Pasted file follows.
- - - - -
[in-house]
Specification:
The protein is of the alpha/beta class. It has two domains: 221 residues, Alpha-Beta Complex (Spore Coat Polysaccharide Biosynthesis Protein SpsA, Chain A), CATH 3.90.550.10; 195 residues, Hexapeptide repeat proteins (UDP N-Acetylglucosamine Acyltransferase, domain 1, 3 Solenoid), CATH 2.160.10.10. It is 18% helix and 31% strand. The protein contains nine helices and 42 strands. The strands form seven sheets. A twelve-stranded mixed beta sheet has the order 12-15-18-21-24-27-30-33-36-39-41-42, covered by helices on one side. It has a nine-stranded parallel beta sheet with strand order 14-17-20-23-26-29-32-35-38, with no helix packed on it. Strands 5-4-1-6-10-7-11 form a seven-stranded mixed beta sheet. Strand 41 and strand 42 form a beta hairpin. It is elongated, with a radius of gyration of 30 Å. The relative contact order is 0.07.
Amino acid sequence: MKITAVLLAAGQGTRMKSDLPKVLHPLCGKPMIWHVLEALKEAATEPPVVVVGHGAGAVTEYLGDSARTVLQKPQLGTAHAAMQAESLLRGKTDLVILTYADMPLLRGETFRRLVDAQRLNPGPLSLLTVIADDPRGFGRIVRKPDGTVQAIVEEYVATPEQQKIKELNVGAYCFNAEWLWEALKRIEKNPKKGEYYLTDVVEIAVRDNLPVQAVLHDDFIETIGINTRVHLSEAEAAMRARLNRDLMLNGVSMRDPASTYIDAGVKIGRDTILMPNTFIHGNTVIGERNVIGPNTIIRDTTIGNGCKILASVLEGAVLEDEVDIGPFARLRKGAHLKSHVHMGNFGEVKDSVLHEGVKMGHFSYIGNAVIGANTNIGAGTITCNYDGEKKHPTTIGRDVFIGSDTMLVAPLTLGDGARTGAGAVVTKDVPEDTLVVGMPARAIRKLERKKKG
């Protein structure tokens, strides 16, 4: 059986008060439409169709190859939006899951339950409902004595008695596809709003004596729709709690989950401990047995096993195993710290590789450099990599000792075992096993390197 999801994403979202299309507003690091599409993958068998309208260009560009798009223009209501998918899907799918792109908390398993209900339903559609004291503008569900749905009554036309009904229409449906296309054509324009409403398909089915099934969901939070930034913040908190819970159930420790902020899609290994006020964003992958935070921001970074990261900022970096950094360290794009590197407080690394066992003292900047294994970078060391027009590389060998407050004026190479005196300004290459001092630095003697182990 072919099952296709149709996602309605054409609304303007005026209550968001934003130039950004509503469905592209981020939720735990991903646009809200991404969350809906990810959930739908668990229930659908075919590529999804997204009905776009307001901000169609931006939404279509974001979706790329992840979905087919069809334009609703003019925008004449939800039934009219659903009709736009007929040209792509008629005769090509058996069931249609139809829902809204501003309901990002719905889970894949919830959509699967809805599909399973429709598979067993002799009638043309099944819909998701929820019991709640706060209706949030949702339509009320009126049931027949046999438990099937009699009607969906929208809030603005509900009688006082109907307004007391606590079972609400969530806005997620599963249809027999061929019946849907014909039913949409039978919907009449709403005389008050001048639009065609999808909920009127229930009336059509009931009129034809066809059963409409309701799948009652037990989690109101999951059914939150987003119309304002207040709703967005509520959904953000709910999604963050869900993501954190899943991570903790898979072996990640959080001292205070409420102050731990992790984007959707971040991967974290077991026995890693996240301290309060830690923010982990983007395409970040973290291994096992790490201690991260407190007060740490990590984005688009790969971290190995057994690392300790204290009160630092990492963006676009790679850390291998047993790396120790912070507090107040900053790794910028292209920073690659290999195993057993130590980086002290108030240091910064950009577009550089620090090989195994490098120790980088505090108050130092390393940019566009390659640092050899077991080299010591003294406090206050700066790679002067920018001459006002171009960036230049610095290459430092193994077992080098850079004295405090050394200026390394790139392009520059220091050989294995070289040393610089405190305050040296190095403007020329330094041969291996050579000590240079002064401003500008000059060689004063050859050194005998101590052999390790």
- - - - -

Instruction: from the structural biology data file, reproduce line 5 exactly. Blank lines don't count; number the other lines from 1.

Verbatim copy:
């Protein structure tokens, strides 16, 4: 059986008060439409169709190859939006899951339950409902004595008695596809709003004596729709709690989950401990047995096993195993710290590789450099990599000792075992096993390197 999801994403979202299309507003690091599409993958068998309208260009560009798009223009209501998918899907799918792109908390398993209900339903559609004291503008569900749905009554036309009904229409449906296309054509324009409403398909089915099934969901939070930034913040908190819970159930420790902020899609290994006020964003992958935070921001970074990261900022970096950094360290794009590197407080690394066992003292900047294994970078060391027009590389060998407050004026190479005196300004290459001092630095003697182990 072919099952296709149709996602309605054409609304303007005026209550968001934003130039950004509503469905592209981020939720735990991903646009809200991404969350809906990810959930739908668990229930659908075919590529999804997204009905776009307001901000169609931006939404279509974001979706790329992840979905087919069809334009609703003019925008004449939800039934009219659903009709736009007929040209792509008629005769090509058996069931249609139809829902809204501003309901990002719905889970894949919830959509699967809805599909399973429709598979067993002799009638043309099944819909998701929820019991709640706060209706949030949702339509009320009126049931027949046999438990099937009699009607969906929208809030603005509900009688006082109907307004007391606590079972609400969530806005997620599963249809027999061929019946849907014909039913949409039978919907009449709403005389008050001048639009065609999808909920009127229930009336059509009931009129034809066809059963409409309701799948009652037990989690109101999951059914939150987003119309304002207040709703967005509520959904953000709910999604963050869900993501954190899943991570903790898979072996990640959080001292205070409420102050731990992790984007959707971040991967974290077991026995890693996240301290309060830690923010982990983007395409970040973290291994096992790490201690991260407190007060740490990590984005688009790969971290190995057994690392300790204290009160630092990492963006676009790679850390291998047993790396120790912070507090107040900053790794910028292209920073690659290999195993057993130590980086002290108030240091910064950009577009550089620090090989195994490098120790980088505090108050130092390393940019566009390659640092050899077991080299010591003294406090206050700066790679002067920018001459006002171009960036230049610095290459430092193994077992080098850079004295405090050394200026390394790139392009520059220091050989294995070289040393610089405190305050040296190095403007020329330094041969291996050579000590240079002064401003500008000059060689004063050859050194005998101590052999390790």